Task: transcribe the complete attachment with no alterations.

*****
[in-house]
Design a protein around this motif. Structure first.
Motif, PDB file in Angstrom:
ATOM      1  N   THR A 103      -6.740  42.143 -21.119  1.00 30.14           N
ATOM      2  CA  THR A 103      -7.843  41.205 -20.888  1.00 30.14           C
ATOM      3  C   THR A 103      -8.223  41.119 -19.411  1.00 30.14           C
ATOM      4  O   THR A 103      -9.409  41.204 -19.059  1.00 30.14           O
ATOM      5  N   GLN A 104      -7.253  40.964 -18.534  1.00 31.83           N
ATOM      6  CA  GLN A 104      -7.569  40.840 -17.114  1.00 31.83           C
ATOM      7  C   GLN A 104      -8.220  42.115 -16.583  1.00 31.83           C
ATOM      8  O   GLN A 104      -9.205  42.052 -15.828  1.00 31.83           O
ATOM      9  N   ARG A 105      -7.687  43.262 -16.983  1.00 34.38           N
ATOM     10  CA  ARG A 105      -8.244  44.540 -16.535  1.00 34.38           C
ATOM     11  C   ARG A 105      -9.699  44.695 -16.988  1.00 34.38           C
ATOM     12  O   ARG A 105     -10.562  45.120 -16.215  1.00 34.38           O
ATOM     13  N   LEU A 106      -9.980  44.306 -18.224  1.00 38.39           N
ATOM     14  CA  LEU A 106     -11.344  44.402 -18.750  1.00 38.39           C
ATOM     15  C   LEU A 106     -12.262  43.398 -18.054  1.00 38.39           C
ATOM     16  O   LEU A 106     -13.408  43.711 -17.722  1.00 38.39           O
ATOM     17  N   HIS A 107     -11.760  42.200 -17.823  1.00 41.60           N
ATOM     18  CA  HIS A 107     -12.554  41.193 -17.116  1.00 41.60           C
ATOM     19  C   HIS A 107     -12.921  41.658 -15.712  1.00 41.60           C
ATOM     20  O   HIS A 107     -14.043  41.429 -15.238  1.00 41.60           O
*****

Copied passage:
[in-house]
Design a protein around this motif. Structure first.
Motif, PDB file in Angstrom:
ATOM      1  N   THR A 103      -6.740  42.143 -21.119  1.00 30.14           N
ATOM      2  CA  THR A 103      -7.843  41.205 -20.888  1.00 30.14           C
ATOM      3  C   THR A 103      -8.223  41.119 -19.411  1.00 30.14           C
ATOM      4  O   THR A 103      -9.409  41.204 -19.059  1.00 30.14           O
ATOM      5  N   GLN A 104      -7.253  40.964 -18.534  1.00 31.83           N
ATOM      6  CA  GLN A 104      -7.569  40.840 -17.114  1.00 31.83           C
ATOM      7  C   GLN A 104      -8.220  42.115 -16.583  1.00 31.83           C
ATOM      8  O   GLN A 104      -9.205  42.052 -15.828  1.00 31.83           O
ATOM      9  N   ARG A 105      -7.687  43.262 -16.983  1.00 34.38           N
ATOM     10  CA  ARG A 105      -8.244  44.540 -16.535  1.00 34.38           C
ATOM     11  C   ARG A 105      -9.699  44.695 -16.988  1.00 34.38           C
ATOM     12  O   ARG A 105     -10.562  45.120 -16.215  1.00 34.38           O
ATOM     13  N   LEU A 106      -9.980  44.306 -18.224  1.00 38.39           N
ATOM     14  CA  LEU A 106     -11.344  44.402 -18.750  1.00 38.39           C
ATOM     15  C   LEU A 106     -12.262  43.398 -18.054  1.00 38.39           C
ATOM     16  O   LEU A 106     -13.408  43.711 -17.722  1.00 38.39           O
ATOM     17  N   HIS A 107     -11.760  42.200 -17.823  1.00 41.60           N
ATOM     18  CA  HIS A 107     -12.554  41.193 -17.116  1.00 41.60           C
ATOM     19  C   HIS A 107     -12.921  41.658 -15.712  1.00 41.60           C
ATOM     20  O   HIS A 107     -14.043  41.429 -15.238  1.00 41.60           O